In 2008, Rizvi was appointed the joint mutawalli by the Shia Waqf Board and he started the long fight to free it from encroachment and illegal occupation. He took recourse to judicial avenues and slowly, with the help of Right to Information applications and public interest litigations, he succeeded. Then came the task of restoration, which was undertaken by the ASI.
The splendour inside
The approach to the Imambara is through the gateway and into an open space which gives way to an enclosed court. The Imambara stands on a high platform and its arched façade looks very impressive, with its delicate floral stucco and stained glass doors. The inner walls, which had got blackened with neglect and abuse, have been lovingly restored, and its green and white paintings and stucco work are exquisite. The roof and “its beams, which formed a vault over the grave of the late king, had collapsed in a heap of rubble,” according to a 1945 report. It once again supports beautiful glass chandeliers.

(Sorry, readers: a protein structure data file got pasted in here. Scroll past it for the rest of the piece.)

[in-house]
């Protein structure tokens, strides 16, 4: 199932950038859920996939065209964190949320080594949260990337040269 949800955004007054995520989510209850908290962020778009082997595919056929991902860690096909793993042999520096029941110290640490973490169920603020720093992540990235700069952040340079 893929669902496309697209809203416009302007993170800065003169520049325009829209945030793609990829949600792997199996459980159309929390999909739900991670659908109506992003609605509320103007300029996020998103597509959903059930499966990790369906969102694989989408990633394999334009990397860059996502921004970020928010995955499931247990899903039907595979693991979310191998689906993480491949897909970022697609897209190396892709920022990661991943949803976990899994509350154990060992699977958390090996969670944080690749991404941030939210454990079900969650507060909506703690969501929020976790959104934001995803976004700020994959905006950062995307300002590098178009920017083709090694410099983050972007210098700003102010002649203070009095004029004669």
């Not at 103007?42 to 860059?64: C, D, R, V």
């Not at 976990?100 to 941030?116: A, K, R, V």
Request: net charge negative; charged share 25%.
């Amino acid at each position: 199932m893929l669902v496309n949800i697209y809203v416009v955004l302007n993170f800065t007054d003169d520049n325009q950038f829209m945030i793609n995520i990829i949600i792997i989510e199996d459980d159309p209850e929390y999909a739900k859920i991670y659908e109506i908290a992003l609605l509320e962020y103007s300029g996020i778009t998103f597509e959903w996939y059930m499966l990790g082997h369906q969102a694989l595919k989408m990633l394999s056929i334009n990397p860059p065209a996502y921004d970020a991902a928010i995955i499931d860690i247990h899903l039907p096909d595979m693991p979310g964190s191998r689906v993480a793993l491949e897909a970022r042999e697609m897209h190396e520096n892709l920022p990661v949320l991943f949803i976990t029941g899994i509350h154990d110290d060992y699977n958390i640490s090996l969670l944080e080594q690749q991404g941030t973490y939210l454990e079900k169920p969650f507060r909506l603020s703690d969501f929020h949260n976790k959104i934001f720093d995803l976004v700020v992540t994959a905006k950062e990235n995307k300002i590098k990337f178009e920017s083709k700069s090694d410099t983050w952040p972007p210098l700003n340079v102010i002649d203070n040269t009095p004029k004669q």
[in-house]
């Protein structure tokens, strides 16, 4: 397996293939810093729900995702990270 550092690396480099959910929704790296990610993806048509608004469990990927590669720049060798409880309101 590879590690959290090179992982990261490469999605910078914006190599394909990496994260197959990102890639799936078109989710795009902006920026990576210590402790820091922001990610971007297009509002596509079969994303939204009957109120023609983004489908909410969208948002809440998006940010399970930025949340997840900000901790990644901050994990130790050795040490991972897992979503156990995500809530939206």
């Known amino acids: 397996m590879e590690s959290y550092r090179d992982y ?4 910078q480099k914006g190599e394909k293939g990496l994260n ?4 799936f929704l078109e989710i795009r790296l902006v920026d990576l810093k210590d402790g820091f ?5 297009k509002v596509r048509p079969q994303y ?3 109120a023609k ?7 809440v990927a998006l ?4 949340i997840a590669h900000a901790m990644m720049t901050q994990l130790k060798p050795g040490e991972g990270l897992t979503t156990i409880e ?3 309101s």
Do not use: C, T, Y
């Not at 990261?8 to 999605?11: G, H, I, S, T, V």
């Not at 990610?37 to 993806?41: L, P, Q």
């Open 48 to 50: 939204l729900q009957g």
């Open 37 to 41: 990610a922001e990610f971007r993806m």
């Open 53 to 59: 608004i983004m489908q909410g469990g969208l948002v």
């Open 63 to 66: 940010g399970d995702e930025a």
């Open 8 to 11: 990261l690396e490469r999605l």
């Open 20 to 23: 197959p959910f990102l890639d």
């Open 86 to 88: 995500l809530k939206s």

A recurring motif on the archways inside the halls is a painting of the Prophet’s celestial steed, the ‘buraq’, that carried him to heaven on the night of ascension. The master mason, Ansaruddin, traced out the designs and restored the paintings and stucco work very carefully.
Preservation of our heritage is our fundamental duty as it is an important source of history of the era in which these buildings were built. If other ‘lost monuments’ received such dedicated and methodical renovation, they could also be rehabilitated and restored to us.
source: http://www.thehindu.com / The Hindu / Home> Opinion> Columns / by Rana Safvi / November 26th, 2017